The discrete radio sources Cassiopeia A, Cygnus A and Taurus A appear to be the most appropriate for measurements of

G/T by earth stations in the Northern Hemisphere, while Orion, Virgo and Omega are similarly appropriate for earth

stations in the Southern Hemisphere. The flux-densities of Cygnus A and Virgo, however, may not be sufficient in every

case. Table 1 gives values of the flux-density of the radio stars indicated, where the frequency is between 1 and 20 GHz.

TABLE 1

Flux-densities from radio sources

(1)

Radio source

Cassiopeia A

(1)

Taurus A

Cygnus A

Orion

Virgo

Omega

For the measurements at frequencies above 10 GHz, the use of the radio waves from planets, Venus for example, as well

as above-mentioned radio stars could be advantageous. Flux-densities of the radio waves from planets increase with

frequency and their solid angle is very small giving rise to negligible correction errors due to angular extension. The

flux-density ( f ) is expressed by:

( f ) =

4 k Tb( f )

2

(1 cos )

(2)

where:

Tb( f ) : brightness temperature of a planet (K)

:

semi-diameter.

The value of ( f ) derived from equation (2), is substituted in equation (1) to obtain the value of G/T of an earth station.

The value of can be found elsewhere in American Ephemeris and Nautical Almanac (US Government Printing Office,

Washington DC 20402). In the case of the planet Venus, the values Tb( f ) are thought to be about 580 K and 506 K at

15.5 and 31.6 GHz, respectively. Since the values of Tb( f ) are based on a limited amount of measured data at the

frequencies mentioned, and have not yet been determined for other frequencies, further study is required to confirm and

extend the results given here.

Correction factors

(G/ T )c = G/ T + C1 + C2 + C3

(3)

where:

C1 : correction for atmospheric absorption

C2 : correction for angular extension of radio stars

C3 : correction for change of flux with time.

All factors to be given in decibels.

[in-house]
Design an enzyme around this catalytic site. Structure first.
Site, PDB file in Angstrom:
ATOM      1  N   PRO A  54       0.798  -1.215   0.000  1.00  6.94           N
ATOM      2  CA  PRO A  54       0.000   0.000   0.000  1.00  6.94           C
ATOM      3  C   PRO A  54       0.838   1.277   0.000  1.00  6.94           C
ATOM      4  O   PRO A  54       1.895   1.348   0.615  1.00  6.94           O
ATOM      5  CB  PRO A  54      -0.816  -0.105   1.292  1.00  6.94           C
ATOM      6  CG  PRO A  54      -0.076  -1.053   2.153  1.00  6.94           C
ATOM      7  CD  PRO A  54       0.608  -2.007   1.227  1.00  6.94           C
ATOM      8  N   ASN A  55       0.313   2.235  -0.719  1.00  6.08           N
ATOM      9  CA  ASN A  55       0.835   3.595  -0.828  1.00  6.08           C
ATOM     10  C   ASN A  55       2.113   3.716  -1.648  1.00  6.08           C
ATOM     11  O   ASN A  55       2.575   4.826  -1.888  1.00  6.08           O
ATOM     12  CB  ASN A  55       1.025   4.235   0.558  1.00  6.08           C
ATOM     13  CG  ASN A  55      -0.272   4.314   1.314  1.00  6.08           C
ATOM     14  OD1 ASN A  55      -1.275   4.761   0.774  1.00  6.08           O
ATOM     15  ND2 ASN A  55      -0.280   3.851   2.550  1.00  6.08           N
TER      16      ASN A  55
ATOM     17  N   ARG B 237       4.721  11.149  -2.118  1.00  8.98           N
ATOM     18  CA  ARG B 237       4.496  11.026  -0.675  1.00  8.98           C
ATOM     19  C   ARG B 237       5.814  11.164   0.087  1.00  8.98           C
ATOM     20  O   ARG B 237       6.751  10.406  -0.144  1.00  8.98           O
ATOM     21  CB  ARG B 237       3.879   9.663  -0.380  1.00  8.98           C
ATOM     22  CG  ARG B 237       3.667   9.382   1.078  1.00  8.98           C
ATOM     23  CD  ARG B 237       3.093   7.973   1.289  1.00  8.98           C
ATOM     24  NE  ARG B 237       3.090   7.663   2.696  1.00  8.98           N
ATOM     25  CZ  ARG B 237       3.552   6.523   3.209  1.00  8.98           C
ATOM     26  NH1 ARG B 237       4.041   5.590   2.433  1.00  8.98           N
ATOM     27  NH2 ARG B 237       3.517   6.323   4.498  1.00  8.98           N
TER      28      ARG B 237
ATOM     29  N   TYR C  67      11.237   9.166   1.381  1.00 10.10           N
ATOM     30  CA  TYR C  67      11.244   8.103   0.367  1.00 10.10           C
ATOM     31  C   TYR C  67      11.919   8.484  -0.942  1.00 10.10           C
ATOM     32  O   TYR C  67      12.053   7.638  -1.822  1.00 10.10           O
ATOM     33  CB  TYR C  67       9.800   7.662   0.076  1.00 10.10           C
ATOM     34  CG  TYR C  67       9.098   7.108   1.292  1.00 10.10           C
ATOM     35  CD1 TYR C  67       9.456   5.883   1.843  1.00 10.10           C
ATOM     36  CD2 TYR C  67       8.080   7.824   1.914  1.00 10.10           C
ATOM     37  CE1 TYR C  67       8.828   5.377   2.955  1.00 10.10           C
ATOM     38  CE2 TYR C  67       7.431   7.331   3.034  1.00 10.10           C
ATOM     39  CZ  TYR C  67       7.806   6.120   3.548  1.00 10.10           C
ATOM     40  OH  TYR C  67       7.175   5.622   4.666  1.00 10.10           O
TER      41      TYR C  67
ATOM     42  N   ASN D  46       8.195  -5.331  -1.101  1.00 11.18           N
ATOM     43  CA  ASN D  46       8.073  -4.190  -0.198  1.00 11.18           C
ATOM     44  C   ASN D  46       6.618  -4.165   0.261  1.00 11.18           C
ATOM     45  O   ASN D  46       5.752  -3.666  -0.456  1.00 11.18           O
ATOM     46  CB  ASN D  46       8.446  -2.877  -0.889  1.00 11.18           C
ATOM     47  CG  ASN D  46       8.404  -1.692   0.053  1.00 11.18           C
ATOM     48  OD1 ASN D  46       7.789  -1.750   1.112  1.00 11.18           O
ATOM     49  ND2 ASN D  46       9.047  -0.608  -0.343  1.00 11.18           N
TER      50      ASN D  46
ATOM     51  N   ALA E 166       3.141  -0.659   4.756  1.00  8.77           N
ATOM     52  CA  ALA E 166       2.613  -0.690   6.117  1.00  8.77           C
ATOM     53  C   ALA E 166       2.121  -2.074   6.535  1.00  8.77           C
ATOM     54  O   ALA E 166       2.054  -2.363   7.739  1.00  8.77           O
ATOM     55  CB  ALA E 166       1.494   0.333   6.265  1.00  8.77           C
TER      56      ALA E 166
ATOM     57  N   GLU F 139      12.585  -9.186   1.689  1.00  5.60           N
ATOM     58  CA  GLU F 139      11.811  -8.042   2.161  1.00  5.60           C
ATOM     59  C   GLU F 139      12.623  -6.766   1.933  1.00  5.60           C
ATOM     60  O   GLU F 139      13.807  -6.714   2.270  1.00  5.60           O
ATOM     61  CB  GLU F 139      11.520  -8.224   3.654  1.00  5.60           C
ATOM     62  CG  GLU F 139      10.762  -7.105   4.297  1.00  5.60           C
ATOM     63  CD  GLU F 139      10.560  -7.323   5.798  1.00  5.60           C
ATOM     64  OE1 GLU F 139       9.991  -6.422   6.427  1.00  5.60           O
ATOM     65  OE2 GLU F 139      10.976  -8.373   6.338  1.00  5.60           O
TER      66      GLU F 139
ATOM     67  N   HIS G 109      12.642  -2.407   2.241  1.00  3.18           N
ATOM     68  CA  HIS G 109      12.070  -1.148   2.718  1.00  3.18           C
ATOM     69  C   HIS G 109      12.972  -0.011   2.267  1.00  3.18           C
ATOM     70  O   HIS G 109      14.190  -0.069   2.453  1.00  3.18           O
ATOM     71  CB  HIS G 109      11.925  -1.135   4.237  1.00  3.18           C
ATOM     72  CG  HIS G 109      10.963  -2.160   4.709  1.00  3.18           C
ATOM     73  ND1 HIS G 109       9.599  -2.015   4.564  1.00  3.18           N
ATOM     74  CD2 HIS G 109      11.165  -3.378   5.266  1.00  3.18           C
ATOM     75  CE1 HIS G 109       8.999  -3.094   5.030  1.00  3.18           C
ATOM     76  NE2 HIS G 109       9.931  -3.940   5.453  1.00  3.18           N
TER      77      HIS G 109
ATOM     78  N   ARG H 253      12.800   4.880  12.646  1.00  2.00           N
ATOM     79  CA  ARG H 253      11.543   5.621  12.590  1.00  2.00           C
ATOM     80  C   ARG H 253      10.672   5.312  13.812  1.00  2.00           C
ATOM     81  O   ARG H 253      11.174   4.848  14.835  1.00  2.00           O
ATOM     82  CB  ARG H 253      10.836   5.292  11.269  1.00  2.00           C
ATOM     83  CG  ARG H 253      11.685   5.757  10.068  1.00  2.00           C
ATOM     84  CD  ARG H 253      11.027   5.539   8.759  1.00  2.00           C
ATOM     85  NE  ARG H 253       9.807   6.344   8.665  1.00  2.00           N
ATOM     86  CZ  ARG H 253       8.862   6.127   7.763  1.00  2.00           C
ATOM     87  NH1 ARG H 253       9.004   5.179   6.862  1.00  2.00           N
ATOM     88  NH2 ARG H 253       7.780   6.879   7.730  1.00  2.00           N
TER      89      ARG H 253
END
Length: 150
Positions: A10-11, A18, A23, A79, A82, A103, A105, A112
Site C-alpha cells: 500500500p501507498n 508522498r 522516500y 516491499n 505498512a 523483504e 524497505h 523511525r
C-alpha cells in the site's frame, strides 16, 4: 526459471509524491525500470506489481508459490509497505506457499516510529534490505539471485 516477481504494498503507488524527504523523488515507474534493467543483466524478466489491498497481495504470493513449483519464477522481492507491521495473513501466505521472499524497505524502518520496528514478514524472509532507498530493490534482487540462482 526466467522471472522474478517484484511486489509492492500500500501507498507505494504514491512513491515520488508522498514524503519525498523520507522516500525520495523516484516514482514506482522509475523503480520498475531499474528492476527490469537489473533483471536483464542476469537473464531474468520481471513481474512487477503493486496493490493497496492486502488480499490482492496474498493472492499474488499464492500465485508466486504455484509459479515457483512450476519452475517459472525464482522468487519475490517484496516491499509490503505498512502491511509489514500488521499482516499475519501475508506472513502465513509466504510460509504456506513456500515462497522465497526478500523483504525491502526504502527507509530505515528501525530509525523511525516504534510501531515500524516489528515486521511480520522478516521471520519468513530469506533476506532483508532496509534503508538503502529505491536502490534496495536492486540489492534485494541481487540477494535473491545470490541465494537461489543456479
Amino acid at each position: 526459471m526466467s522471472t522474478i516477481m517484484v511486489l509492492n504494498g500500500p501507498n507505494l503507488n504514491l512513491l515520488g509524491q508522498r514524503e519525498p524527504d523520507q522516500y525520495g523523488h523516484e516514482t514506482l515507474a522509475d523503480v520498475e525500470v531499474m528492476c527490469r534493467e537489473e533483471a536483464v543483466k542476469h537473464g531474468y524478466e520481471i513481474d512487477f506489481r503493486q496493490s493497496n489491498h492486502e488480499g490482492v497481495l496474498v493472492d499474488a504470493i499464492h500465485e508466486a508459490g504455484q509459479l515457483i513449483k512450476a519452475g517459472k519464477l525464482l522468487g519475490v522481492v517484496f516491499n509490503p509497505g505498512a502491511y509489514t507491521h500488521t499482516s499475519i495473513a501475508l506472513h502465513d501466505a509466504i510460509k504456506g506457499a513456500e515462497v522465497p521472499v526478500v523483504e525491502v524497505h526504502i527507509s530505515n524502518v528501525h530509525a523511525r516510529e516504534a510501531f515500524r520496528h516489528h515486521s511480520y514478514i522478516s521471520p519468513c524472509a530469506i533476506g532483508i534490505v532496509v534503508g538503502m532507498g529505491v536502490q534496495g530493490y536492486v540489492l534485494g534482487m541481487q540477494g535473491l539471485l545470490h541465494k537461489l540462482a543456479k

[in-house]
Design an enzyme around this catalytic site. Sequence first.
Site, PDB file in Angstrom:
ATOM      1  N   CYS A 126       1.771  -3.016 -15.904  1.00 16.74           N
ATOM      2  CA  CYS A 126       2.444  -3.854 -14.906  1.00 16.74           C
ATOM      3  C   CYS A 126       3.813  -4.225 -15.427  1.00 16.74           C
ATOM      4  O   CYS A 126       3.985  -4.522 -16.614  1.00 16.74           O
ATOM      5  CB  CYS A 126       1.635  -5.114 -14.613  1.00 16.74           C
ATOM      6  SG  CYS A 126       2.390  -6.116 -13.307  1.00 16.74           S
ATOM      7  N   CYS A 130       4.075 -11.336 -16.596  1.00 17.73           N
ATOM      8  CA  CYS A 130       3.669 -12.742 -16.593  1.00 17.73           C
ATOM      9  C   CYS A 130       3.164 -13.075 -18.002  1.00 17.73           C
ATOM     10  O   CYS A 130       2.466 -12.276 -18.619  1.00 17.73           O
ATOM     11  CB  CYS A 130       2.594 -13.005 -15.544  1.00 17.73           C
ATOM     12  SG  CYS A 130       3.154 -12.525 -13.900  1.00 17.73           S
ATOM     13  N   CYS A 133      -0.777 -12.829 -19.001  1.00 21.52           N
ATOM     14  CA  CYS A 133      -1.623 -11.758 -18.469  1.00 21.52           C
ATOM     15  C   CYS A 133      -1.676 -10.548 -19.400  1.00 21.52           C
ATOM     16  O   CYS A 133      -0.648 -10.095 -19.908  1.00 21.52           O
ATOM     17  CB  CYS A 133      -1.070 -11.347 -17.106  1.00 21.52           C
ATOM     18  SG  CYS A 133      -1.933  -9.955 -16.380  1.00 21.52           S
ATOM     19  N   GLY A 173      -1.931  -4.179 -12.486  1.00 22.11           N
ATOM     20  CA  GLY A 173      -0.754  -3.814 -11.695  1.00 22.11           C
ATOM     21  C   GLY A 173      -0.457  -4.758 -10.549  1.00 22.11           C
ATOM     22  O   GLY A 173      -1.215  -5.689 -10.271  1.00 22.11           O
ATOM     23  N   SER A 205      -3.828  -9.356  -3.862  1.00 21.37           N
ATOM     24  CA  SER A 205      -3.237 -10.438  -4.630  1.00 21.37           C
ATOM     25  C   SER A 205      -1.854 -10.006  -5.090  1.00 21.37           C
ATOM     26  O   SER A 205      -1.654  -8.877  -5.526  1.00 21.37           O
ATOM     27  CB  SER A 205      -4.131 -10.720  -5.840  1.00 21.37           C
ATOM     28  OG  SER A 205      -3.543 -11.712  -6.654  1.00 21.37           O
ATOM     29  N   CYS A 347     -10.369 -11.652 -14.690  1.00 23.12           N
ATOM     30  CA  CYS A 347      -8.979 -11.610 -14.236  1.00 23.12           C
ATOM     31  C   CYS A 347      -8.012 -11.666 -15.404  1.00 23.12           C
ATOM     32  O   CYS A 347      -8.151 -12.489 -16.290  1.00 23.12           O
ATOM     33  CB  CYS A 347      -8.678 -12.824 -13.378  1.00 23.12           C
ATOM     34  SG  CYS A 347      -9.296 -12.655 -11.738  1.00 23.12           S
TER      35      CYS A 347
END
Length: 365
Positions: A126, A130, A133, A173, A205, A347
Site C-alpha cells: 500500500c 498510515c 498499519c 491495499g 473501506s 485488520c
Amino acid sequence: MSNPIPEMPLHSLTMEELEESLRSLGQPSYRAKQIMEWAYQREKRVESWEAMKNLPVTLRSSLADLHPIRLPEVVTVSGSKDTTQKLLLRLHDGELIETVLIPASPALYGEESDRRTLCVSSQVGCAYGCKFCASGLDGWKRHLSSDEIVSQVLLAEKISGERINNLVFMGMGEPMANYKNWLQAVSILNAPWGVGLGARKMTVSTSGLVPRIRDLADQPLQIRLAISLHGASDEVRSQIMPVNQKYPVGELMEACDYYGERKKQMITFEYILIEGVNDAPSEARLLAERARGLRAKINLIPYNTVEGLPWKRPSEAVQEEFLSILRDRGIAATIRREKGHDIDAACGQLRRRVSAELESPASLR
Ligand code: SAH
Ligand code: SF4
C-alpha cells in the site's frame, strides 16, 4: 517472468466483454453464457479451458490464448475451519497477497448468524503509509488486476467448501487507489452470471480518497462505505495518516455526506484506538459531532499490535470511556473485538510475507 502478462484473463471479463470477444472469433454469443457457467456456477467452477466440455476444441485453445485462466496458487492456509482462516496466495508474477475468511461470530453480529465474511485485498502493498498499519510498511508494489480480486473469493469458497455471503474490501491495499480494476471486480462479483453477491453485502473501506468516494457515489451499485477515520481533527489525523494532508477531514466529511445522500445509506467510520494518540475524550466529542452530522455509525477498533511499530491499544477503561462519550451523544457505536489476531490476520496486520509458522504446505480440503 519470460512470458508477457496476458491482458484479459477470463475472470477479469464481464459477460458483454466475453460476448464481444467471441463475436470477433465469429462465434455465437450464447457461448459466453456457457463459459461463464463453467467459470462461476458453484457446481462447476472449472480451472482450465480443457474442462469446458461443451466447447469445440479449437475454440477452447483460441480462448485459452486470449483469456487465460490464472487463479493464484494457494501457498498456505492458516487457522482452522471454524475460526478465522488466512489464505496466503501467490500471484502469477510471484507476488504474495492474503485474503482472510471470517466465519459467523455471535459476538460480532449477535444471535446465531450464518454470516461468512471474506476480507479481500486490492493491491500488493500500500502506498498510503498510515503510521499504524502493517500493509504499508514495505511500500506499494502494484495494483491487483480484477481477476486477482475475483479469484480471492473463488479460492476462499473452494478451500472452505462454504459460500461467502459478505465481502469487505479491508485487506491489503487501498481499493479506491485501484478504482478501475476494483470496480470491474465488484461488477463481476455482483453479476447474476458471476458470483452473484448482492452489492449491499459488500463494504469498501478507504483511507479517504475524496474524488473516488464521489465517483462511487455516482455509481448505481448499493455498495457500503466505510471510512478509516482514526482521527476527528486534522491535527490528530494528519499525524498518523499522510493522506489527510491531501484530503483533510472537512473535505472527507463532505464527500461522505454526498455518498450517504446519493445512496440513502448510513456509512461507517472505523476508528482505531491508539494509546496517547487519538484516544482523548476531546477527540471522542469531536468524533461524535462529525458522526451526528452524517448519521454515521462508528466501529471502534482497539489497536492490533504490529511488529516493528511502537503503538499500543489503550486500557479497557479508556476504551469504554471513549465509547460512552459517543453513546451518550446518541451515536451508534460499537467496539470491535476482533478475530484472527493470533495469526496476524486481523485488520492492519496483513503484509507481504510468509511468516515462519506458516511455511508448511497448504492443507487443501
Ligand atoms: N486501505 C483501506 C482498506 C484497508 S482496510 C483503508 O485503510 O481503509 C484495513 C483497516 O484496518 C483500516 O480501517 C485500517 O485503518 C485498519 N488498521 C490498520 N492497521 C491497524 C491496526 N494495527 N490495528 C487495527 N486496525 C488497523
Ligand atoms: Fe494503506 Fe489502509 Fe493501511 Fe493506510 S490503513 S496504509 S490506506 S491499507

The value of atmospheric absorption C1 can be estimated using 2.2 of Recommendation ITU-R P.676.

4.1

If the angular extension of the radio star in the sky is significant compared with the antenna beamwidth, a correction

must be applied. The following equations are close approximations for the angular extension correction factor, C2, also

plotted in Fig. 1.

ABS 1 e 2

C 2 10 log10

where:

4 .6

Cass A Tau A Orion Virgo Omega

1.2012 3 dB 60

2 .5

Cyg A

1.2012 3 dB 60

3 dB =

62

D

: 3 dB beamwidth (degrees)

: wavelength (m)

D : antenna diameter (m).

FIGURE 1

Correction factor for the angular extension of radio stars

2.00

0.30

1.50

0.20

0.10

1.00

0.50

0.00

0.00

0.10

0.20

0.30

0.40

0.50

0.00

0.00

0.05

0.10

0.15

0.20

0.25

0.30

a)

b)

0733-01

Cygnus A

FIGURE 1/S.733...[D01] = 3 CM

The measured brightness distribution for Cygnus A can be adequately described by a dual columnar shape with 0.02 min

of arc in each column's diameter and 2.06 min of arc in angular distance.

If the annular model for Cassiopeia A and the dual columnar model for Cygnus A are adopted, a convenient

approximation is available for the correction factor. These models may also be useful to measure the half-power

beamwidth of antennas by observing the half intensity width of the drift curve. This also means that the correction factor

for the angular extension of radio stars can be determined from the observed drift curve itself without the knowledge of

the half-power beamwidth of the antenna.